Lutheran brother

Discussion in 'New Members' started by charles happold, Aug 18, 2019.

  1. charles happold

    charles happold New Member

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    What Lutherans articulate in doctrine, Anglicans put in action at the altar. I have had a close relationship with Episcopal parishes all my life and am delighted by full communion. Together, we are the Catholic Protestants.
     
  2. Brigid

    Brigid Active Member Anglican

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    I think tho' that the Roman church would have some difficulties with some of the Episcopalian stances. There certainly are some similarities between Lutherans (ELCA) and Episcopalians tho'.

    BTW, welcome to the forums!:tiphat:
     
  3. Liturgyworks

    Liturgyworks Well-Known Member Anglican

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    Welcome. My godfather was a priest in the Augustana Synod, which alas got swallowed up into the ELCA.
     
  4. Magistos

    Magistos Active Member Anglican

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    Welcome! Glad to have you here!
     
  5. charles happold

    charles happold New Member

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    Thank you, all.

    It appears that there is little if anything that divides Lutherans from Anglicans especially after the issue of apostolic succession was resolved/re-implemented among Lutherans.
     
  6. Anglo-cracker

    Anglo-cracker Member Anglican

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    Welcome
     
  7. Rexlion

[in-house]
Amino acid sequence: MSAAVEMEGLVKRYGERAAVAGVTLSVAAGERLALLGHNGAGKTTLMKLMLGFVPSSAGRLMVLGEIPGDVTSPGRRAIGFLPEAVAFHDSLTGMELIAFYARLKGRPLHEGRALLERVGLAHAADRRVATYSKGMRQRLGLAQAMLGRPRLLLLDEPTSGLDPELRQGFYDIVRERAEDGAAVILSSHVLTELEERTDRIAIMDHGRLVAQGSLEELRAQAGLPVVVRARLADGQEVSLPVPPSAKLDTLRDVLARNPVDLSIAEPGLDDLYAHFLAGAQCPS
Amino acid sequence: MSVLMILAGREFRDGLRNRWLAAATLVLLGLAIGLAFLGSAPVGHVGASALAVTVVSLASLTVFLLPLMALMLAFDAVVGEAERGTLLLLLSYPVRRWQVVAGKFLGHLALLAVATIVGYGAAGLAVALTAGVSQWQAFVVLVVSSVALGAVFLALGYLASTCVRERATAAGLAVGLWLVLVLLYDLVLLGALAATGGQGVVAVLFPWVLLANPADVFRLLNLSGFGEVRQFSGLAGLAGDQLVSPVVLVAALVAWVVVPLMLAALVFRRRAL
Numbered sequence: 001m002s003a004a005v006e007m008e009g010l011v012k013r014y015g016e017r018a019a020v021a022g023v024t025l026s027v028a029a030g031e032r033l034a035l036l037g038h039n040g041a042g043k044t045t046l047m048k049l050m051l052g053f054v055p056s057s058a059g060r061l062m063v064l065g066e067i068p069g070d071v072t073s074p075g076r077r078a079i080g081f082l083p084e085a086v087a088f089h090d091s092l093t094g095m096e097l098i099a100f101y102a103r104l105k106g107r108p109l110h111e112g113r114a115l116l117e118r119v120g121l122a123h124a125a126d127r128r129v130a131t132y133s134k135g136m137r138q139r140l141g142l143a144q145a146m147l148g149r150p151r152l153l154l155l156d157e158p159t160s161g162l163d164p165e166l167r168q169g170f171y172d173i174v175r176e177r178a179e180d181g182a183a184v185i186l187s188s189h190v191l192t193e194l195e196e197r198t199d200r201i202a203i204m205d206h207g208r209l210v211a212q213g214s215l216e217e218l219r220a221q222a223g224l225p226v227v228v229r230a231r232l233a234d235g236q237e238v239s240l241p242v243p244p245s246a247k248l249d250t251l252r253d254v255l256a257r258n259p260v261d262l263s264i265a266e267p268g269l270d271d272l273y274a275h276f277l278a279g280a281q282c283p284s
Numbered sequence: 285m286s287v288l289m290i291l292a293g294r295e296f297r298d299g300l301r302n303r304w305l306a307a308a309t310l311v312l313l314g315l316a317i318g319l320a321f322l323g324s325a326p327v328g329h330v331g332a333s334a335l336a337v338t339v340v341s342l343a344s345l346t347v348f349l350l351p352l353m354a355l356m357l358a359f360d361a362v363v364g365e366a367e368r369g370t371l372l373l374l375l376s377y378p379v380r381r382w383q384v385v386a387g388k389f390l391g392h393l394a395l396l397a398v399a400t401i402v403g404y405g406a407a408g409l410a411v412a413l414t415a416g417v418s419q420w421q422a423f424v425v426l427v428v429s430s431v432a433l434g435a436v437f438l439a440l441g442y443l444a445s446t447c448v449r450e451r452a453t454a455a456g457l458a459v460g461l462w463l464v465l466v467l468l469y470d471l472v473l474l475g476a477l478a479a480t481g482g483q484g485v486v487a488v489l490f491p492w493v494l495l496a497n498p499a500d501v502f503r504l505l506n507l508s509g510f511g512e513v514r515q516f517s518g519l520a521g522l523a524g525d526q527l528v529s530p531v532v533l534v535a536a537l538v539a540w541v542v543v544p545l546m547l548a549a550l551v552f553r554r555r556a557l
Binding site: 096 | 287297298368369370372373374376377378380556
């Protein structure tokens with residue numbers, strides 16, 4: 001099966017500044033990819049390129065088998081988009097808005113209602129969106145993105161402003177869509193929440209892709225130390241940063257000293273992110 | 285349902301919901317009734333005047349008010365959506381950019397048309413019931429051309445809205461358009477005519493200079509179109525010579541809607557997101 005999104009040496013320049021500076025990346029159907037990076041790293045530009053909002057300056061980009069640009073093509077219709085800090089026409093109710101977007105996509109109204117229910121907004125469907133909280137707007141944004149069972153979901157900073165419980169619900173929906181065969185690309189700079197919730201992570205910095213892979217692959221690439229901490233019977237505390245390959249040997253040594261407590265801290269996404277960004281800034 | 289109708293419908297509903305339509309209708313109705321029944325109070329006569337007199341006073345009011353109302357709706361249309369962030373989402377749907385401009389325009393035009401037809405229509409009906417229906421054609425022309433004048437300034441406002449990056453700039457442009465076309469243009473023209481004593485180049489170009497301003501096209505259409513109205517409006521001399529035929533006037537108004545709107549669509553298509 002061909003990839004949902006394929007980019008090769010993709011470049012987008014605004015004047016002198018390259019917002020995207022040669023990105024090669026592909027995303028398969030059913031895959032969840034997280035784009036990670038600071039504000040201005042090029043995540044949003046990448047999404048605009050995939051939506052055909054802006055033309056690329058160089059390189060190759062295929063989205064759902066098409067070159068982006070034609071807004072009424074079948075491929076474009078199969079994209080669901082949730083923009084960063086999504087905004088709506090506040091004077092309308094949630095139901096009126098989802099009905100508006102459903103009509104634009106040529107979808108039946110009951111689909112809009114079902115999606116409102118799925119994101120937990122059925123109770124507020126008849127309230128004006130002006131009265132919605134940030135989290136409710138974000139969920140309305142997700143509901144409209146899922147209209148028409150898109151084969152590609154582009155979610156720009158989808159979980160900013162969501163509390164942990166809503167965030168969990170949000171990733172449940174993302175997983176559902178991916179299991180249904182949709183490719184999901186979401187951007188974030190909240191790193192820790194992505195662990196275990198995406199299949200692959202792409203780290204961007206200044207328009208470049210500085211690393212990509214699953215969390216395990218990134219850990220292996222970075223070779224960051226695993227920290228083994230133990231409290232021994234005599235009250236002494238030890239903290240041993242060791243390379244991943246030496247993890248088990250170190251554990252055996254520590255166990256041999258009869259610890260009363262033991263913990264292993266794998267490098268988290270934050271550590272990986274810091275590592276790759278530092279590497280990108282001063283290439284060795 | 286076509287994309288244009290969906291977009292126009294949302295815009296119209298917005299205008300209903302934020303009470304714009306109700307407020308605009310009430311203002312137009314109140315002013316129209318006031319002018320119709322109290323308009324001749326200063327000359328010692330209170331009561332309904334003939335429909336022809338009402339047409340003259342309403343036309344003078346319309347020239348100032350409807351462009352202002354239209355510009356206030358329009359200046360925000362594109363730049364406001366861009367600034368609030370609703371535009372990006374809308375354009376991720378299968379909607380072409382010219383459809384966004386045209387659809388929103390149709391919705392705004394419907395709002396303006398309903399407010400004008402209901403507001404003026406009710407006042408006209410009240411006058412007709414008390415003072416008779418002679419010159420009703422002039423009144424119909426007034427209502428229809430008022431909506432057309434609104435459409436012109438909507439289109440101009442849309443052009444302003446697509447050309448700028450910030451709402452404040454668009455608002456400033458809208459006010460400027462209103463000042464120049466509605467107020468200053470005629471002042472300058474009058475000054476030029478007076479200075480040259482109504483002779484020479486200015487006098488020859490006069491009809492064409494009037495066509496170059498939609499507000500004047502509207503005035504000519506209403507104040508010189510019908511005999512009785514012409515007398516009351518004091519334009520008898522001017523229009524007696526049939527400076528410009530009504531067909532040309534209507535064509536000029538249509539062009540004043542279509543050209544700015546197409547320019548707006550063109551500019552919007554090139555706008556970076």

Rexlion Well-Known Member

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    Hello, Charles. :)
     
  8. Shane R

    Shane R Well-Known Member

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    This may be true of the mainline and liberal representatives of each movement but it is not so for the conservative and moderate factions. It may seem counter-intuitive but the further to the right one goes in either movement, the more disagreement there is. I believe this is because at a certain point conservatives become reactionary and make every disagreement into a significant issue. Also, most AngloCatholics would chafe at being labeled Protestant.
     
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  9. charles happold

    charles happold New Member

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    Yes, some Lutherans also resent being called 'Protestant'. Lutherans in Sweden/ Finland/ Tanzania, etc are very catholic but also very liberal concerning female priests and same-sex marriage. Here in the U.S. most Lutherans now embrace apostolic succession except some very conservative groups.
     
  10. Brigid

    Brigid Active Member Anglican

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    The ELCA is the only synod in the US that I'm aware of that has AS.
     
  11. charles happold

    charles happold New Member

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    There were 2 bishops in apostolic succession at the recent consecration of presiding bishop of the Evangelical Lutheran Diocese of North America.
     
  12. Jeffg

    Jeffg Active Member

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    It was only parially resolved. The ELCA, which is quite liberal, is the only American Lutheran Synod, at least as far as I know, to have apostolic succession since they signed the "Concordant"withe The Episocopal Church. None of the other Lutheran Churchs (LCMS,WELC,etc) signed the agreement. Even within the ELCA,there was much debate. An ELCA pastor (female so ???) I know is among the group that got ordained without the apostolic succession. Appearantly an alternate ordination service was created. That , and the fact that the ELCA signed inter-communion agreements with Reformed and Presybyterian Churchs, which have a differant sacramental theology under certain conditions have fueled my departure from the ELCA.
    It would appear to me that the ELCA and the TEC are a good fit, if church's were to get "married". The larger , more conservative Lutherans such as the LCMS have at least attempted to stay online with Orthodox Lutheran Theology, and I get the impression are friendly with the ACNA. If the LCMS wanted apostolic succession, they could probably work something out with the ACNA. The current ACNA congregation I occasionally attend rents space from a LCMS church.